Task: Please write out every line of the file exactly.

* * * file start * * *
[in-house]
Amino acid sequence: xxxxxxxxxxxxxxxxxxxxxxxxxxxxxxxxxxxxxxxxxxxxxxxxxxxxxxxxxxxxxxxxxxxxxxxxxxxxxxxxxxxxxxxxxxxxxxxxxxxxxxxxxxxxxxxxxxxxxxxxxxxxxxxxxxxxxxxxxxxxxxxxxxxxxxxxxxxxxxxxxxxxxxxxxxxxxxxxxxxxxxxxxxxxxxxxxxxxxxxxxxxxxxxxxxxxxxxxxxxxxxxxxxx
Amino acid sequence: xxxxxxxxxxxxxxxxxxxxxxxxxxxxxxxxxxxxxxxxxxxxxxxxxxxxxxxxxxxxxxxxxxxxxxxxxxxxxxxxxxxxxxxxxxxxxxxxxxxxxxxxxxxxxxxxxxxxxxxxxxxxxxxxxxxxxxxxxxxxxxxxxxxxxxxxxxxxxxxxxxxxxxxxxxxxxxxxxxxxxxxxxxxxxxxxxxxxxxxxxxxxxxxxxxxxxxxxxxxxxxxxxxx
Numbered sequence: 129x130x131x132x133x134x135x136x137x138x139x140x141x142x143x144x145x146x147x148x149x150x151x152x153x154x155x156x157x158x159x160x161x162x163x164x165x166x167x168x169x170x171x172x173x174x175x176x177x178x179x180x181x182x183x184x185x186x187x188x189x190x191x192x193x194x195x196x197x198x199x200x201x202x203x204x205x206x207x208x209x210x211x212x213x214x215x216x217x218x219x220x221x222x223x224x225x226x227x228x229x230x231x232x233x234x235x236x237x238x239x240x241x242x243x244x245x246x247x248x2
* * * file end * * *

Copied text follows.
[in-house]
Amino acid sequence: xxxxxxxxxxxxxxxxxxxxxxxxxxxxxxxxxxxxxxxxxxxxxxxxxxxxxxxxxxxxxxxxxxxxxxxxxxxxxxxxxxxxxxxxxxxxxxxxxxxxxxxxxxxxxxxxxxxxxxxxxxxxxxxxxxxxxxxxxxxxxxxxxxxxxxxxxxxxxxxxxxxxxxxxxxxxxxxxxxxxxxxxxxxxxxxxxxxxxxxxxxxxxxxxxxxxxxxxxxxxxxxxxxx
Amino acid sequence: xxxxxxxxxxxxxxxxxxxxxxxxxxxxxxxxxxxxxxxxxxxxxxxxxxxxxxxxxxxxxxxxxxxxxxxxxxxxxxxxxxxxxxxxxxxxxxxxxxxxxxxxxxxxxxxxxxxxxxxxxxxxxxxxxxxxxxxxxxxxxxxxxxxxxxxxxxxxxxxxxxxxxxxxxxxxxxxxxxxxxxxxxxxxxxxxxxxxxxxxxxxxxxxxxxxxxxxxxxxxxxxxxxx
Numbered sequence: 129x130x131x132x133x134x135x136x137x138x139x140x141x142x143x144x145x146x147x148x149x150x151x152x153x154x155x156x157x158x159x160x161x162x163x164x165x166x167x168x169x170x171x172x173x174x175x176x177x178x179x180x181x182x183x184x185x186x187x188x189x190x191x192x193x194x195x196x197x198x199x200x201x202x203x204x205x206x207x208x209x210x211x212x213x214x215x216x217x218x219x220x221x222x223x224x225x226x227x228x229x230x231x232x233x234x235x236x237x238x239x240x241x242x243x244x245x246x247x248x2